measurements to the base station. In particular, the following requirements must be supported by the
key management scheme, in order to facilitate data aggregation and dissemination process:
1. Data aggregation is possible only if intermediate nodes have access to encrypted data so that they can
extract measurement values and apply to them aggregation functions. Therefore, nodes that send data
packets toward the base station must encrypt them with keys available to the aggregator nodes.
2. Data dissemination implies broadcasting of a message from the aggregator to its group members. If
an aggregator shares a different key (or set of keys) with each of the sensor within its group, then it will
have to make multiple transmissions, encrypted each time with a different key, in order to broadcast a
message to all of the nodes. But transmissions must be kept as low as possible because of their high
energy consumption rate .
F. Link-layer Security
What makes link-layer security important is that end-to-end security mechanisms are not possible in
sensor networks, so more transparent mechanisms provided by the link layer are needed. Protocols
used in conventional networks for end-to-end security, such as SSH [Ylo96], SSL [ssl01], or IP Sec
[Ken98], even though they are feasible in constrained embedded devices [Gup05], they are considered
inappropriate since they do not allow in-network processing and data aggregation which play an
important role in energy efficient data retrieval. These operations require the intermediate nodes to
security scheme was used. In sensor networks it is also important to allow intermediate nodes to check
message integrity and authenticity, or else the network would be prone to several denial of service
G. Secure Network Programming
The process of programming sensor nodes typically involves the development of the application in a PC
and the loading of the program image to the node through the parallel or the serial port. The same
process is repeated for all the nodes of the sensor network before deployment. However, after
deployment, there is often the need to change the behavior of the nodes in order to adapt to new
application requirements or new environmental conditions. This would require the effort of
re-programming each individual node with the updated code and relocate it back to the deployment site.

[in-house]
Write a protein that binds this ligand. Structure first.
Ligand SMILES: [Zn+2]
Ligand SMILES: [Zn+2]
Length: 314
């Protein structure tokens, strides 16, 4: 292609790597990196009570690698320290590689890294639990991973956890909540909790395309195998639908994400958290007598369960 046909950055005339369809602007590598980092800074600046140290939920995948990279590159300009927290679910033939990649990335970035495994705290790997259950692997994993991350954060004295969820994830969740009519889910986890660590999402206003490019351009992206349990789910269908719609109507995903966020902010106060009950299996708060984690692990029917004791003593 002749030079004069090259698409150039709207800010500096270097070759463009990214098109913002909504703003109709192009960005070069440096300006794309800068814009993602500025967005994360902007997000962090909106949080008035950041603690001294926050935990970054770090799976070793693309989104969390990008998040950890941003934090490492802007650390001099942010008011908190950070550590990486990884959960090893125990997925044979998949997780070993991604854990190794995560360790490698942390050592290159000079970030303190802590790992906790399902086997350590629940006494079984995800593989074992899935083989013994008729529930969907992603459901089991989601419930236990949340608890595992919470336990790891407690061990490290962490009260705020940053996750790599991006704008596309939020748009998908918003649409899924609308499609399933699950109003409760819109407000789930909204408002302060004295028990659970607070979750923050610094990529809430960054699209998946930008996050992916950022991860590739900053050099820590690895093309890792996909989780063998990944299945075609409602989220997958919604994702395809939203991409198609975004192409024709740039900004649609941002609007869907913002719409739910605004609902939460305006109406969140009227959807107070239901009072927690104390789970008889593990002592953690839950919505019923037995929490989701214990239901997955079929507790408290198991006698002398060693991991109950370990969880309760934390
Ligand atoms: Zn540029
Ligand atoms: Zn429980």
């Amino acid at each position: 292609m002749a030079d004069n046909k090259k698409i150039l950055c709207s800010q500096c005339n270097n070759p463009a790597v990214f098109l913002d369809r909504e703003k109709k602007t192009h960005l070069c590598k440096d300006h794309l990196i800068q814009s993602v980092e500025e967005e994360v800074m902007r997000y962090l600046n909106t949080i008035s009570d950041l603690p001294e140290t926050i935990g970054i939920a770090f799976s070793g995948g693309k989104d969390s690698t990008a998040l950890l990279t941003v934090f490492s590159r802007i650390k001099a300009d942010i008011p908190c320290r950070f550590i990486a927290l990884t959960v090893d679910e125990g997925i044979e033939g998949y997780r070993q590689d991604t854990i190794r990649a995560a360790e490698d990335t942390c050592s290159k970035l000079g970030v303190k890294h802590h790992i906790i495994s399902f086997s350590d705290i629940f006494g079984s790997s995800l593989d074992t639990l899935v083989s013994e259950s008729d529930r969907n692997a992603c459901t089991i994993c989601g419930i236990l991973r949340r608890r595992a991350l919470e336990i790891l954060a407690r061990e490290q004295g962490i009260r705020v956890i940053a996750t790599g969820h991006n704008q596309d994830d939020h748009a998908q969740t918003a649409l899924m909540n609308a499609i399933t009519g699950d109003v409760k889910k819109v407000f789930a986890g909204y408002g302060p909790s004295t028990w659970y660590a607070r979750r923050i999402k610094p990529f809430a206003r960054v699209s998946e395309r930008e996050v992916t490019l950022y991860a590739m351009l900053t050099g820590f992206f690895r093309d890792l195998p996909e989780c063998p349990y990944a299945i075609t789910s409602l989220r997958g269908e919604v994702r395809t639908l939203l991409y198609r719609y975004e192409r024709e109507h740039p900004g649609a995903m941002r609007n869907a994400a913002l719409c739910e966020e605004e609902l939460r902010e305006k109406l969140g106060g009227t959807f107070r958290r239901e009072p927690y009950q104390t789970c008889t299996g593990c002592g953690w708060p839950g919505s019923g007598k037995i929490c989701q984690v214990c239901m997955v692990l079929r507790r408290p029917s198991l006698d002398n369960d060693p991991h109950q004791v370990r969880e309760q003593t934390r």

Network programming saves this effort by propagating the new code over the wireless link to the entire
network, as soon as that code is loaded to only one node. Then, nodes reprogram themselves and start
operating with the updated code. As network programming simplifies things for legitimate users, it also
simplifies things for attackers that want to disrupt the normal operation of the network or operate them
for their own advantage[13,14].
This paper outlined different security issues in wireless sensor network in general and made an
extensive study of different threats associated with existing data gathering protocols. As these
protocols are not designed taking security issues into account, most of them are prone to different types
of attacks. Even some of the protocols are seems to be vulnerable to most of the attacks. Similarly some
attacks like HELLO flood, Acknowledgement spoofing and sniffing can be used by the adversaries to
affect most of the protocols.
 I. F. Akyildiz, W. Su, Y. Sankarasubramaniam, and E. Cayirci, “A survey on sensor networks,” IEEE Communications Magazine, vol. 40, no. 8, pp.102-114, August 2002.
 D. W. Carman, P. S. Krus, and B. J. Matt, “Constraints and approaches for distributed sensor network security,” Technical Report 00-010, NAI Labs, Network Associates, Inc., Glenwood, MD, 2000.  Idrees S. Kocher, Chee-Onn Chow, Hiroshi Ishii, and Tanveer A. Zia, “Threat Models and Security Issues in Wireless Sensor Networks”, International Journal of Computer Theory and Engineering, Vol. 5, No. 5, October 2013
 Kriti Jain, Upasana Bahuguna, “Survey on Wireless Sensor Network”, IJSTM, Vol. 3 Issue 2, pp. 83-90, Sept 2012
 Jaydip Sen, Security and Privacy Challenges in Cognitive Wireless Sensor Networks, Dec 2012  Shio Kumar Singh, M P Singh, D K Singh, “A Survey on Network Security and Attack Defense Mechanism For Wireless Sensor Networks”, International Journal of Computer Trends and Technology -, May to June Issue 2011-, ISSN: 2231-2803
 Dr. Manoj Kumar Jain, “Wireless Sensor Networks: Security Issues and Challenges”, IJCIT, vol. 2, issue 1, pp. 62-67, 2011
 Snehlata Yadav, Kamlesh Gupta, Sanjay Silakari, “Security issues in wireless sensor networks”, Journal of Information Systems and Communication, vol. 1, issue 2, 2010, pp-01-06
 Pooja , Manisha, Dr. Yudhvir Singh, “Security Issues and Sybil Attack in Wireless Sensor Networks”, International Journal of P2P Network Trends and Technology, vol. 3, issue 1, pp. 7-13, 2013  Mona Sharifnejad, Mohsen Sharifi, Mansoureh Ghiasabadi, Sareh Beheshti, “A Survey on Wireless Sensor Networks Security”, SETIT 2007, 4th International Conference: Sciences of Electronic,
Technologies of Information and Telecommunications, March 25-29, 2007 – TUNISIA
 C. Karlof, D. Wagner, “Secure routing in wireless sensor networks: Attacks and countermeasures”, In Proc. of the 1st IEEE Int. Workshop on Sensor Network Protocols and Applications (SNPA’03), pp. 113-127, May 2003
 X. Wang, W. Gu, K. Schosek, S. Chellappan, D. Xuan, “Sensor network configuration under physical attacks”, International Journal of Ad Hoc and Ubiquitous Computing, Vol 4, Issue 3/4, pp. 174-182, April 2009